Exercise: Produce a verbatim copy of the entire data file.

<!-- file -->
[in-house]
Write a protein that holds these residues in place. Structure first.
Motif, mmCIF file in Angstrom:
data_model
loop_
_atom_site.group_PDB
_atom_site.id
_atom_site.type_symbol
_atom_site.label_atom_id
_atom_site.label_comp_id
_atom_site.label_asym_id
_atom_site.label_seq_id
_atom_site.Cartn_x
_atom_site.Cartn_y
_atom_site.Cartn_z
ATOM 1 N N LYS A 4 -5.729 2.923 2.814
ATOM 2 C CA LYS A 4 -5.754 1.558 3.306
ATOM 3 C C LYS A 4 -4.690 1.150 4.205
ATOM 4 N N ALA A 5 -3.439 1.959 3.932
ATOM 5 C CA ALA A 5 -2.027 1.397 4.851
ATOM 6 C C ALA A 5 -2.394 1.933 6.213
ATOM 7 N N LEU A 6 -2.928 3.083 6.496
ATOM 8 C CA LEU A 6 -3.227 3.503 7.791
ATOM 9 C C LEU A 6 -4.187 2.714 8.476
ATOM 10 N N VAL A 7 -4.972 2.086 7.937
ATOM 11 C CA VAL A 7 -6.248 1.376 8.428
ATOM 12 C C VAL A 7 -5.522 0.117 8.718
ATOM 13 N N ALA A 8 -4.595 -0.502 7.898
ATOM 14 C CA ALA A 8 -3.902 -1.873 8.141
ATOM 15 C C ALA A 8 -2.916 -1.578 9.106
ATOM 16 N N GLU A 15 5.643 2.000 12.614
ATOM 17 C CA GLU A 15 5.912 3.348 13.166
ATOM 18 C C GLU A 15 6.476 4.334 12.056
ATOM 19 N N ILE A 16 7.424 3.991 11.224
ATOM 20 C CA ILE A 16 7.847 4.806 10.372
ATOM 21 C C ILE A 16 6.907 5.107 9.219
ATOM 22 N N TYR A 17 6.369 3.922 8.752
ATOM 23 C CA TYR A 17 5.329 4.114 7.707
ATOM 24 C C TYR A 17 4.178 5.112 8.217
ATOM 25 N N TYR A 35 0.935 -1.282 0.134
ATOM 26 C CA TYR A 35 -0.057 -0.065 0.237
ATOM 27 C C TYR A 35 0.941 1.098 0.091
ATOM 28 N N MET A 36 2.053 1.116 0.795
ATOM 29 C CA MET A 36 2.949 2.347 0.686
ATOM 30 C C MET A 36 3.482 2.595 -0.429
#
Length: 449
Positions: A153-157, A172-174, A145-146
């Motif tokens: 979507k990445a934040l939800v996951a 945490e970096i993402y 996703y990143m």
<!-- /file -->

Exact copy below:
[in-house]
Write a protein that holds these residues in place. Structure first.
Motif, mmCIF file in Angstrom:
data_model
loop_
_atom_site.group_PDB
_atom_site.id
_atom_site.type_symbol
_atom_site.label_atom_id
_atom_site.label_comp_id
_atom_site.label_asym_id
_atom_site.label_seq_id
_atom_site.Cartn_x
_atom_site.Cartn_y
_atom_site.Cartn_z
ATOM 1 N N LYS A 4 -5.729 2.923 2.814
ATOM 2 C CA LYS A 4 -5.754 1.558 3.306
ATOM 3 C C LYS A 4 -4.690 1.150 4.205
ATOM 4 N N ALA A 5 -3.439 1.959 3.932
ATOM 5 C CA ALA A 5 -2.027 1.397 4.851
ATOM 6 C C ALA A 5 -2.394 1.933 6.213
ATOM 7 N N LEU A 6 -2.928 3.083 6.496
ATOM 8 C CA LEU A 6 -3.227 3.503 7.791
ATOM 9 C C LEU A 6 -4.187 2.714 8.476
ATOM 10 N N VAL A 7 -4.972 2.086 7.937
ATOM 11 C CA VAL A 7 -6.248 1.376 8.428
ATOM 12 C C VAL A 7 -5.522 0.117 8.718
ATOM 13 N N ALA A 8 -4.595 -0.502 7.898
ATOM 14 C CA ALA A 8 -3.902 -1.873 8.141
ATOM 15 C C ALA A 8 -2.916 -1.578 9.106
ATOM 16 N N GLU A 15 5.643 2.000 12.614
ATOM 17 C CA GLU A 15 5.912 3.348 13.166
ATOM 18 C C GLU A 15 6.476 4.334 12.056
ATOM 19 N N ILE A 16 7.424 3.991 11.224
ATOM 20 C CA ILE A 16 7.847 4.806 10.372
ATOM 21 C C ILE A 16 6.907 5.107 9.219
ATOM 22 N N TYR A 17 6.369 3.922 8.752
ATOM 23 C CA TYR A 17 5.329 4.114 7.707
ATOM 24 C C TYR A 17 4.178 5.112 8.217
ATOM 25 N N TYR A 35 0.935 -1.282 0.134
ATOM 26 C CA TYR A 35 -0.057 -0.065 0.237
ATOM 27 C C TYR A 35 0.941 1.098 0.091
ATOM 28 N N MET A 36 2.053 1.116 0.795
ATOM 29 C CA MET A 36 2.949 2.347 0.686
ATOM 30 C C MET A 36 3.482 2.595 -0.429
#
Length: 449
Positions: A153-157, A172-174, A145-146
């Motif tokens: 979507k990445a934040l939800v996951a 945490e970096i993402y 996703y990143m």